Sunday, May 14, 2017

Review of Scott Fitzgerald's This Side of Paradise

This Side of ParadiseThis Side of Paradise by F. Scott Fitzgerald
My rating: 3 of 5 stars

"It was always the becoming he dreamed of, never the being"
I picked Scott Fitzgerald's This Side of Paradise from my local public library for two reasons : I wanted to read a classic; and having moved to an area not far away from Princeton, I was attracted by the blurb that indicated that a major part of the story takes place in Princeton. It occurred to me a bit later that the place would have changed immensely in the last century and that I might not be able to relate to the geography after all. With Scott Fitzgerald's semi-autobiographical debut novel set in early 20th century, not only was I not able to relate to the place, I was not able to relate to the characters too for the most part of the book.

This Side of Paradise is the coming-of-age story of Amory Blaine. Amory's father is dismissed off quickly as "an ineffectual, inarticulate man". We learn that Amory takes after his mother ("But Beatrice Blaine! There was a woman!"). Beatrice comes from an European family of wealth, and ensures that for a good part of Amory's life, he does not have to worry about petty things such as money. She treats her son in a way we could only envy, with advice such as "dear, don't think of getting out of bed yet. I've always suspected that early rising in early life makes one nervous". Amory's initial education consists of private tutoring, until he decides to attend prep school at America. These were different times, and Amory attends a boarding school with the grand motto "To impart a Thorough Mental, Moral, and Physical Training  as a Christian Gentleman, to fit the boy for meeting problems of his day and generation, and to give a solid foundation in the Arts and Sciences". His teachers think of him as "idle, unreliable and superficially clever", but he does not get the message. Amory completes school thinking highly of himself, and with disenchantment from his first love.

At Princeton University, Amory is in single minded pursuit of his ambition to maintain a high status, as are most of his fellow students. He discovers literature with his friends, and attempts a lot of not-so-ambitious poetry. He is terribly self-concerned (as Fitzgerald points out, he is just a "romantic egotist"). If you are a fan of such things, there are some beautiful lines here that describe the passage of various seasons, and there are many references to other literary works of the time. I am not, so I had through hurry through this phase with as much disinterest as Amory had on his studies. There are some exhilarating sequences, such as the one where a set of students elope for an unplanned vacation and eat a lot of expensive food without paying much. Amory, in the mean time, falls in love, and falls out of it once again. He also comes across Monsignor Darcy, an old friend of Beatrice and a mentor figure to Amory. Darcy is "intensely ritualistic, startlingly dramatic, loved the idea of God enough to be celibate, and rather liked his neighbor". Monsignor Darcy gives some important advice to Amory, such as "we're not personalities, but personages". However Amory does not seem to be taking much note.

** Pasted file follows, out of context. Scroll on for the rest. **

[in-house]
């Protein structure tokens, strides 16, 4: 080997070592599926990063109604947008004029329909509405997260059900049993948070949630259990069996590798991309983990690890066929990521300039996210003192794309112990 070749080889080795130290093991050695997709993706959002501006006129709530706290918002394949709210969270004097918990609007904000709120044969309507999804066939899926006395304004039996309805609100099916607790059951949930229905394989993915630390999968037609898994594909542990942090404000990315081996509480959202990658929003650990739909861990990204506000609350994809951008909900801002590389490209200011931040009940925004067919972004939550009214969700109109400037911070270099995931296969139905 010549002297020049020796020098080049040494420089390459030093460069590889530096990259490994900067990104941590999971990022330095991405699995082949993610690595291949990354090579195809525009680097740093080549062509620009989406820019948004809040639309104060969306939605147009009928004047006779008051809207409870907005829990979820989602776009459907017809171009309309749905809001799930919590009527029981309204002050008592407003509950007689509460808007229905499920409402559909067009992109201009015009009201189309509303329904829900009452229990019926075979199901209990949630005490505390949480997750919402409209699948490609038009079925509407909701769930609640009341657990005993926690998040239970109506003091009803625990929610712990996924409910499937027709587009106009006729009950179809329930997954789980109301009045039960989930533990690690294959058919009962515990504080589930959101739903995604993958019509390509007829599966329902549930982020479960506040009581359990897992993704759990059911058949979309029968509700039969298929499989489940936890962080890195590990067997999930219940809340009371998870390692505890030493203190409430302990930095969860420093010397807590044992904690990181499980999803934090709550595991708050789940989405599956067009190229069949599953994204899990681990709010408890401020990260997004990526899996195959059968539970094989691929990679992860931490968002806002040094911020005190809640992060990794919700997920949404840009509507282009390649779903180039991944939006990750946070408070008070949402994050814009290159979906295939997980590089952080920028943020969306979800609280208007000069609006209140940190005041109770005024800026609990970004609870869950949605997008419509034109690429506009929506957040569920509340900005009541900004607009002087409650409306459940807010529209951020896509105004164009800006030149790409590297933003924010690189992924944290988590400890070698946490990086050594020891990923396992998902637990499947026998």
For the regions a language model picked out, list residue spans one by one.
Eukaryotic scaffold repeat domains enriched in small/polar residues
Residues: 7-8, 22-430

World War 1 intervenes, but we do read much about it. Amory's outlook towards the war is described as "the attitude he might have held toward an amusing melodrama, he hoped it would be long and bloody. If it had not continued he would have felt like an irate ticket holder at a prizefight where the principals refused to mix up". The whole World War passes away as an interlude of a few pages. Amory is a changed man after the war, or so we think. But he falls in love once again with a girl artfully described as "her philosophy is carpe diem for herself and laissez faire for others". It takes a few more episodes, and a few more flings with various women before Amory realizes that he has run out of the considerable sum of money he had inherited. Amory turns a new leaf, and even starts to develop an affection to communism ("However the brain and abilities of men may differ, their stomachs are essentially the same"). 

This Side of Paradise has an unpredictable narrative, taking the form of prose, poetry, and even drama. This in itself is extremely innovative. The writing is brilliant at times, and let's just say that I couldn't recognize the brilliance at other times. What kept me going was the fact that Scott Fitzgerald does not pretend that his protagonist is a hero. The writing is self-aware, and is self-critical of Amory's narrow-mindedness. This was after all a generation at the beginning of a new century, a generation that was caught in a war unlike anything else preceding it. The importance of this book, is thus, more contextual than objective. This Side of Paradise makes more sense for students of literature than to the lay reader.

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